Observation Post 30 Yards from the German Lines, n.d
Canada in the Great World War..., vol. 4 (Toronto: United Publishers of Canada, 1918-1921). ©Chinook Multimedia Inc

Observation Post 30 Yards from the German Lines, n.d

Those soldiers stationed at observation posts were responsible for giving their comrades advance notice of enemy attack.


Western Front, First World War, 1914-1917.
G.W.L. Nicholson, Canadian Expeditionary Force, 1914-1919 (Ottawa: Queen's Printer, 1962). Courtesy of DND.

Western Front, First World War, 1914-1917.

The Western Front extended over a vast area of northwestern Europe: from Belgium to Switzerland, which is not shown on the map.

Canadian practice was that for each brigade sector, two battalions would be assigned to the fire and support trenches, one to the reserve trench, and the fourth farther back in divisional reserve. This meant that, on average, in a given month, a battalion would spend about four days in the front line, four in support, eight in reserve, and the balance of the month out of the line "resting." (8) The elaborate trench system required constant labour to keep it up even when enemy shelling did not destroy parts of it. Troops in the line or on reserve spent much of their time at night working to keep the trenches reasonably secure and livable. Daytime work was out of the question since it attracted enemy fire.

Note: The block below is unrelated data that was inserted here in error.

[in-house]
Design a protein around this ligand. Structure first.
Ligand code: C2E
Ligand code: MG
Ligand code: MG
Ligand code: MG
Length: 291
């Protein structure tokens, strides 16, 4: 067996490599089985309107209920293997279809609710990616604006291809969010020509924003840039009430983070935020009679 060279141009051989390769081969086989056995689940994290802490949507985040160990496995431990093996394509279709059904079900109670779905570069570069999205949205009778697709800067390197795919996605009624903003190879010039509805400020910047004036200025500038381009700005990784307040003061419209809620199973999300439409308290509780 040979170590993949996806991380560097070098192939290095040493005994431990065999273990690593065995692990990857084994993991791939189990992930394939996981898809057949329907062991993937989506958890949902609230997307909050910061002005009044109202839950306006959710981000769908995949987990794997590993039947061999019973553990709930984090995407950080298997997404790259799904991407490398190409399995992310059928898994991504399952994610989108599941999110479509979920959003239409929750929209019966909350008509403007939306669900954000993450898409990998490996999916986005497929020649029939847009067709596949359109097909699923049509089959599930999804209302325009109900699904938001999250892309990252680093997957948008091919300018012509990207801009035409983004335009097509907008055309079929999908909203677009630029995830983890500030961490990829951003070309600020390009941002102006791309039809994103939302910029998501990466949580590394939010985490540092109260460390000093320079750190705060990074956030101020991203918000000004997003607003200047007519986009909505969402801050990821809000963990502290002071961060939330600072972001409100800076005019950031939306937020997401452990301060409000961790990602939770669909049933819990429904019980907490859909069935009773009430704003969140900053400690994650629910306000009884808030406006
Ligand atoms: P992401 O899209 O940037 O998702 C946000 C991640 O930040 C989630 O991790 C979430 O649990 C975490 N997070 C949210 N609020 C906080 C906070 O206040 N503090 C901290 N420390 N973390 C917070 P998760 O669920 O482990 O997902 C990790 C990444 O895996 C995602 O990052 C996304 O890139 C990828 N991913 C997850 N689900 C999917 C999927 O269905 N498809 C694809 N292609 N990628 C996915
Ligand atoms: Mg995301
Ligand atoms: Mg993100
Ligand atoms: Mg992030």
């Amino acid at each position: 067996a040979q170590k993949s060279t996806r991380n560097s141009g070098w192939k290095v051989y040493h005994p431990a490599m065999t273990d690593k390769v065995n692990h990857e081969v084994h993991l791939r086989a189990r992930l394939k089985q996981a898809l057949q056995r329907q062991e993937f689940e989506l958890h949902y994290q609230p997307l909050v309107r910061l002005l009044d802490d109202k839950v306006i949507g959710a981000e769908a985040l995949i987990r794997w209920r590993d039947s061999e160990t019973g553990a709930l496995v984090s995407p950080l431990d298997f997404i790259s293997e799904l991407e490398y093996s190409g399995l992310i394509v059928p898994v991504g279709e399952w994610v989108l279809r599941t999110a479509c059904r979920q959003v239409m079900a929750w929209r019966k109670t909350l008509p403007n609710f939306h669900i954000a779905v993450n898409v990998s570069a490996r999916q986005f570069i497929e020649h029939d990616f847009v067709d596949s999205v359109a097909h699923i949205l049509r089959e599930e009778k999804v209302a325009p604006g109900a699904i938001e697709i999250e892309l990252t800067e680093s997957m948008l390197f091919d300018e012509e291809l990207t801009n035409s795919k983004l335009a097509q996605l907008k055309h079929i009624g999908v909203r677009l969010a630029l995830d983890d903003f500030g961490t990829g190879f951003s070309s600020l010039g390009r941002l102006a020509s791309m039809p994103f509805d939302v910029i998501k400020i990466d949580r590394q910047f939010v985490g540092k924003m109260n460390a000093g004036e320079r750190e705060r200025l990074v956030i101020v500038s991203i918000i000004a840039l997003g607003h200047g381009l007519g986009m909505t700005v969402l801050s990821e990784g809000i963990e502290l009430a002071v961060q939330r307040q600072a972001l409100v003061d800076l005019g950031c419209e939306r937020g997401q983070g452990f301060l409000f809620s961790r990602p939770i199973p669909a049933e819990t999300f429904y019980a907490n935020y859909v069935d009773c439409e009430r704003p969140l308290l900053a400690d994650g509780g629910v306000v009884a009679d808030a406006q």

Not surprisingly, the 49th found that most of their introduction to the war consisted of providing working parties to assist the units in line. As described by "L.E.R." in the fourth issue of The Forty-Niner, this meant marching in the rain and darkness of the oncoming winter until the party reached the wagons with the planks, sandbags, and other materials needed for the work. These supplies were carried forward to the trenches and put to use under working conditions that were beyond difficult.

Imagine a country that man has done his worst to make muddy, couple this with abysmal darkness, caved-in trenches, and any device the reader's own imagination can supply, and then you have no idea what it is like. Add to this the bright star-lights [star shells] that only help accentuate the darkness, the ping-ping-ping of machine gun bullets as they fly by, and then you have a fair idea of what it might be like.

Trench Foot, France, 1917.
NAC (PA-149311).

Trench Foot, France, 1917.

Constant exposure to mud, cold, and damp in the trenches could lead to severe foot problems that, in extreme cases, required amputation.

There was a certain amount of the normal kind of grumbling about this work; "Some of us, no doubt, wonder how a certain division got trenches dug or repaired, barbed-wire entanglements built, and any of the hundred and one 'jobs' done that are apparently so important a part of modern warfare, before 'Ours' arrived on the scene." (9) Nonetheless, the members of the 49th accepted it as part of their war.